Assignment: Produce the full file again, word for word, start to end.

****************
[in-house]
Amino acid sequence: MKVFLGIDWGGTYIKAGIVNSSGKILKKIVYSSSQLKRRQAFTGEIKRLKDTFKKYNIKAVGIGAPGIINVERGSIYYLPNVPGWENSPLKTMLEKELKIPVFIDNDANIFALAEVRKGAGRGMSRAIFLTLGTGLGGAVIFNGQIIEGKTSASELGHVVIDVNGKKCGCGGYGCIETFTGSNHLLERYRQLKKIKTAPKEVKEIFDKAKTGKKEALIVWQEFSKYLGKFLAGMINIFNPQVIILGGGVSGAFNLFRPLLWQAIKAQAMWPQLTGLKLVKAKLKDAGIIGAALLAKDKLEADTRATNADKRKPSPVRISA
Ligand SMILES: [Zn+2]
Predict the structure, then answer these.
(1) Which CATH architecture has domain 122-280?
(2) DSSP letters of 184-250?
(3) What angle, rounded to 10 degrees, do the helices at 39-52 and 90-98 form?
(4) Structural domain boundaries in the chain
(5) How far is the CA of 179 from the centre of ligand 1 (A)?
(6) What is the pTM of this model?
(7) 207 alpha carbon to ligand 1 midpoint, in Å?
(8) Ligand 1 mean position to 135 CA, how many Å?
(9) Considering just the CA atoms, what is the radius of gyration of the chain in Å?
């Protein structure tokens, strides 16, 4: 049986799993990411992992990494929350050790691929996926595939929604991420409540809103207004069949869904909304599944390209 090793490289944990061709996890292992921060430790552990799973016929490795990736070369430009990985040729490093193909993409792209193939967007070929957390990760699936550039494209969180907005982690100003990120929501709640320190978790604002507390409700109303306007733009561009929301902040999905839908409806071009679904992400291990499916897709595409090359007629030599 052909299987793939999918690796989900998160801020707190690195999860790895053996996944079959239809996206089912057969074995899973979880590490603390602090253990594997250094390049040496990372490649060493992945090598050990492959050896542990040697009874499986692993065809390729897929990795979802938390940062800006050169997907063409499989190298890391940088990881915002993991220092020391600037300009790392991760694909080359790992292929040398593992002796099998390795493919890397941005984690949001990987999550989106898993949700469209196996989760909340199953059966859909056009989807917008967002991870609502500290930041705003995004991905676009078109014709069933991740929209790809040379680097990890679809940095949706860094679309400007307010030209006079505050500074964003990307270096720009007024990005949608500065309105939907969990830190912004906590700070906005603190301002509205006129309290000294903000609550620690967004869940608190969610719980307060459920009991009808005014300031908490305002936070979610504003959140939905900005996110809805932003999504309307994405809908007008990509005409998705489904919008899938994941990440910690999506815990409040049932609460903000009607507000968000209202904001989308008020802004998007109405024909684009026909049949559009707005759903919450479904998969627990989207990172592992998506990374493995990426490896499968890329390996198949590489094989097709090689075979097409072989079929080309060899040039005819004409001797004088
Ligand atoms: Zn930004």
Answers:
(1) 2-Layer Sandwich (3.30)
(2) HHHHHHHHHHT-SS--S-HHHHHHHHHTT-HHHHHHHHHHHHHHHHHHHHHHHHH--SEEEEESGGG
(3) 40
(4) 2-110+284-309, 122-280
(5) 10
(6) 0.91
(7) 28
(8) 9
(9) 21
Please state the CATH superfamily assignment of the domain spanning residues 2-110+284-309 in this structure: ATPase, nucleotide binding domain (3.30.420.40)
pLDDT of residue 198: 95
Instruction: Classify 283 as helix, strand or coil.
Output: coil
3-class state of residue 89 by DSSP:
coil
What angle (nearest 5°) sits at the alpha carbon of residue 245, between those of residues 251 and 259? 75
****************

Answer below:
[in-house]
Amino acid sequence: MKVFLGIDWGGTYIKAGIVNSSGKILKKIVYSSSQLKRRQAFTGEIKRLKDTFKKYNIKAVGIGAPGIINVERGSIYYLPNVPGWENSPLKTMLEKELKIPVFIDNDANIFALAEVRKGAGRGMSRAIFLTLGTGLGGAVIFNGQIIEGKTSASELGHVVIDVNGKKCGCGGYGCIETFTGSNHLLERYRQLKKIKTAPKEVKEIFDKAKTGKKEALIVWQEFSKYLGKFLAGMINIFNPQVIILGGGVSGAFNLFRPLLWQAIKAQAMWPQLTGLKLVKAKLKDAGIIGAALLAKDKLEADTRATNADKRKPSPVRISA
Ligand SMILES: [Zn+2]
Predict the structure, then answer these.
(1) Which CATH architecture has domain 122-280?
(2) DSSP letters of 184-250?
(3) What angle, rounded to 10 degrees, do the helices at 39-52 and 90-98 form?
(4) Structural domain boundaries in the chain
(5) How far is the CA of 179 from the centre of ligand 1 (A)?
(6) What is the pTM of this model?
(7) 207 alpha carbon to ligand 1 midpoint, in Å?
(8) Ligand 1 mean position to 135 CA, how many Å?
(9) Considering just the CA atoms, what is the radius of gyration of the chain in Å?
């Protein structure tokens, strides 16, 4: 049986799993990411992992990494929350050790691929996926595939929604991420409540809103207004069949869904909304599944390209 090793490289944990061709996890292992921060430790552990799973016929490795990736070369430009990985040729490093193909993409792209193939967007070929957390990760699936550039494209969180907005982690100003990120929501709640320190978790604002507390409700109303306007733009561009929301902040999905839908409806071009679904992400291990499916897709595409090359007629030599 052909299987793939999918690796989900998160801020707190690195999860790895053996996944079959239809996206089912057969074995899973979880590490603390602090253990594997250094390049040496990372490649060493992945090598050990492959050896542990040697009874499986692993065809390729897929990795979802938390940062800006050169997907063409499989190298890391940088990881915002993991220092020391600037300009790392991760694909080359790992292929040398593992002796099998390795493919890397941005984690949001990987999550989106898993949700469209196996989760909340199953059966859909056009989807917008967002991870609502500290930041705003995004991905676009078109014709069933991740929209790809040379680097990890679809940095949706860094679309400007307010030209006079505050500074964003990307270096720009007024990005949608500065309105939907969990830190912004906590700070906005603190301002509205006129309290000294903000609550620690967004869940608190969610719980307060459920009991009808005014300031908490305002936070979610504003959140939905900005996110809805932003999504309307994405809908007008990509005409998705489904919008899938994941990440910690999506815990409040049932609460903000009607507000968000209202904001989308008020802004998007109405024909684009026909049949559009707005759903919450479904998969627990989207990172592992998506990374493995990426490896499968890329390996198949590489094989097709090689075979097409072989079929080309060899040039005819004409001797004088
Ligand atoms: Zn930004």
Answers:
(1) 2-Layer Sandwich (3.30)
(2) HHHHHHHHHHT-SS--S-HHHHHHHHHTT-HHHHHHHHHHHHHHHHHHHHHHHHH--SEEEEESGGG
(3) 40
(4) 2-110+284-309, 122-280
(5) 10
(6) 0.91
(7) 28
(8) 9
(9) 21
Please state the CATH superfamily assignment of the domain spanning residues 2-110+284-309 in this structure: ATPase, nucleotide binding domain (3.30.420.40)
pLDDT of residue 198: 95
Instruction: Classify 283 as helix, strand or coil.
Output: coil
3-class state of residue 89 by DSSP:
coil
What angle (nearest 5°) sits at the alpha carbon of residue 245, between those of residues 251 and 259? 75